“For one thing, the “district” of Berwick extends about 20 miles into England, including parts which no sane person in Scotland would claim as being “Scottish”.”

    I covered this in the article, if you read it. And as I point out, the vast majority of this area is not historically connected with Berwick, which was only officially absorbed into Northumberland in 1885.

  3. Ray Bell says:

    “We have clear, long settled, boundaries: the territory within which Scottish law applies.”

    Really? Our maritime boundary was shifted about fifty miles back around the time the Scottish parliament was set up. Also the Solway and Tweed are supposed to come under Scots Law, but in last few years, salmon netters on the north side of the Solway have been taken to English courts. If you think that the British State ever sticks to its own rules, you’re wrong.

    “And that may be a better indication of sentiment in Berwick than that flawed poll by the Berwick Advertiser which was mentioned. ”

    It’s not a poll though, is it? It’s just your anecdotal observation. What I’ve done in this piece is provide hardcore evidence, like laws and precedents, not just my own opinion. (Although that features too)

    “What do WE have to gain by this? Absolutely nothing, so far as I can see.”

    Part of Scotland, that’s what. And we lose nothing.

    “At present, Scotland is further along the road to independence than any other “stateless nation” precisely because the case of Scotland is so clear. ”

    That shows how little you’ve been looking at other countries. Greenland and the Faroes are currently much closer to independence than Scotland is, and that’s just within our backyard.

    I wouldn’t put stateless nation in quotes, because Scotland is one. I guarantee you that the case of Scotland shall become more unclear as Britain tries to hold onto us.

    There is a Berwick question precisely because Scotland is a stateless nation with little power. As you’ll have read above (!) Berwick was absorbed long after Scotland was brought into the Union, and only when the British state had got full control of it.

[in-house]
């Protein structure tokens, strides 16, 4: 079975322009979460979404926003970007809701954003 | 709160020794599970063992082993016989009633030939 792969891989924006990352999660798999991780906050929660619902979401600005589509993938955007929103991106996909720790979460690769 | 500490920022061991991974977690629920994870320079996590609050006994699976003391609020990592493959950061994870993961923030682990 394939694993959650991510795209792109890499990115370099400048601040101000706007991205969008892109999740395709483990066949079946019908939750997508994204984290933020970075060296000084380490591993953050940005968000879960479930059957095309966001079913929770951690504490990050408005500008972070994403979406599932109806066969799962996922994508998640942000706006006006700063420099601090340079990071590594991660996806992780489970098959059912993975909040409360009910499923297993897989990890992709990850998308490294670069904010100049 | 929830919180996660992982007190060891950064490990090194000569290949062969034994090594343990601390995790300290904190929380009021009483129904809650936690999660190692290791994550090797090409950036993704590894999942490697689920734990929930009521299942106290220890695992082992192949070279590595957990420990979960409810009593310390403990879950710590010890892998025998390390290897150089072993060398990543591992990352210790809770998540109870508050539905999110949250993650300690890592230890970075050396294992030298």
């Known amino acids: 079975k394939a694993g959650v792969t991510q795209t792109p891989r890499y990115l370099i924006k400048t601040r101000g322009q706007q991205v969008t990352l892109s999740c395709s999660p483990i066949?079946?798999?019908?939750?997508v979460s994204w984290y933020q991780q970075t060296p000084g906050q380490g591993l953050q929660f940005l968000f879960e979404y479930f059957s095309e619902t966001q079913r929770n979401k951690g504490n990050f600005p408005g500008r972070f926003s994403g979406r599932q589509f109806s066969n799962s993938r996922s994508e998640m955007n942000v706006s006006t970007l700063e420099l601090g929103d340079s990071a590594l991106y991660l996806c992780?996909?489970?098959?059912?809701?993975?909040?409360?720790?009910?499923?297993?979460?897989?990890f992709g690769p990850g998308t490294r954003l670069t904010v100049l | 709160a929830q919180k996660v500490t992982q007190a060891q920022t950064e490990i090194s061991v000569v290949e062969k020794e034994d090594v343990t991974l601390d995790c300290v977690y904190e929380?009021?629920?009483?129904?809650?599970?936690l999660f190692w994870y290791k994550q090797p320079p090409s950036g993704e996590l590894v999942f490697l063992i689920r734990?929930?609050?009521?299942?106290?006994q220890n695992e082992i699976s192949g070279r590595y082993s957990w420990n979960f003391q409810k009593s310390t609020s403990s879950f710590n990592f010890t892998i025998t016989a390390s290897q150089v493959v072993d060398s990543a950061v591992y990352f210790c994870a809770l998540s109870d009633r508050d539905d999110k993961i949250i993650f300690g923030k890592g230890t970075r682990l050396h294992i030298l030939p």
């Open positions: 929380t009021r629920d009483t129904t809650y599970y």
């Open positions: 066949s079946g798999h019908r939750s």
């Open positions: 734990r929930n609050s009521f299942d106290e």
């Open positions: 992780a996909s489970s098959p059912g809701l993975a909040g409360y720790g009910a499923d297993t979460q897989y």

4. Sarah says:

    The British Establishment’s main concern about Berwick is not its citizens, but the fact that its return to Scotland would affect fishing and oil/gas exploration.

    And I’m sure Scots by contrast are completely thinking of the well being of Berwick and its citizens. There’s lots of talk of how Berwick would be better off in Scotland but there rarely seems to be interest in improving its lot without it. But then you wouldn’t get the boundaries to go with it. One theatre in Berwick offered discounts to locals in the town and got accused of discriminating against Scots, so much for concern. An excuse to land grab wrapped up in faux nobility basically.

    1. Ray Bell says:

      “An excuse to land grab wrapped up in faux nobility basically.”

      The aristocracy doesn’t even come into it, m’lady.

  5. I lived in Berwick for eight and a half years and there is nothing Scotch about the place, even though those Scots who’ve achieved prominent or influential positions within the town try to Scotchify it. The ‘polls’ you cite were criticised at the time for having been conducted amongst a very narrow and, it was claimed, select section of the local population. I came across few who had heard of them and never came across anyone who had taken part in them. The town is historically English, and dates from before the time Edinburgh was English. It was in Scotch hands six times over about 450 years, if I recall correctly, for a total of considerably fewer than 300 years. Very few people in Berwick think of themselves as Scotch and many people there, native Berwickers among them, heartily dislike the Jocks.

    Berwick’s so called ‘independence’ was never more than purely notional, a sop to Scotch whinging. The town has been unequivocally part of England since the early fifteen hundreds, which is why Henry VIII spent so much money fortifying it against Scotch aggression.

    Berwick’s situation could easily be improved by scrapping the English subsidies to Scotland and making the Scotch pay for themselves. The country won’t look quite so attractive to anyone then, not even the natives.

    You need to look at the world without your tartan tinted spectacles.

    1. Ray Bell says:

      “You need to look at the world without your tartan tinted spectacles.”

      It would be a bit difficult to tint spectacles with tartan, but I’m sure someone’s tried.

      As for “nothing Scotch about the town”, as you put it I’ve quoted half a dozen laws and precedents.

      “a sop to Scotch whinging.”

      Nice, but I’m not actually that bothered by the term “Scotch”. Burns used it for himself. But as a mate of “Sarah’s”, I’m sure you know who the Australians most often refer to as whinging. (Clue: Begins with “p”.)

      Good to see the usual suspects have come out of the woodwork. Must have got sick of hanging around Cornish forums. LOL!

      “Not one inch of English land will you get,”

      I never said anything about getting English land…

  6. Junius says: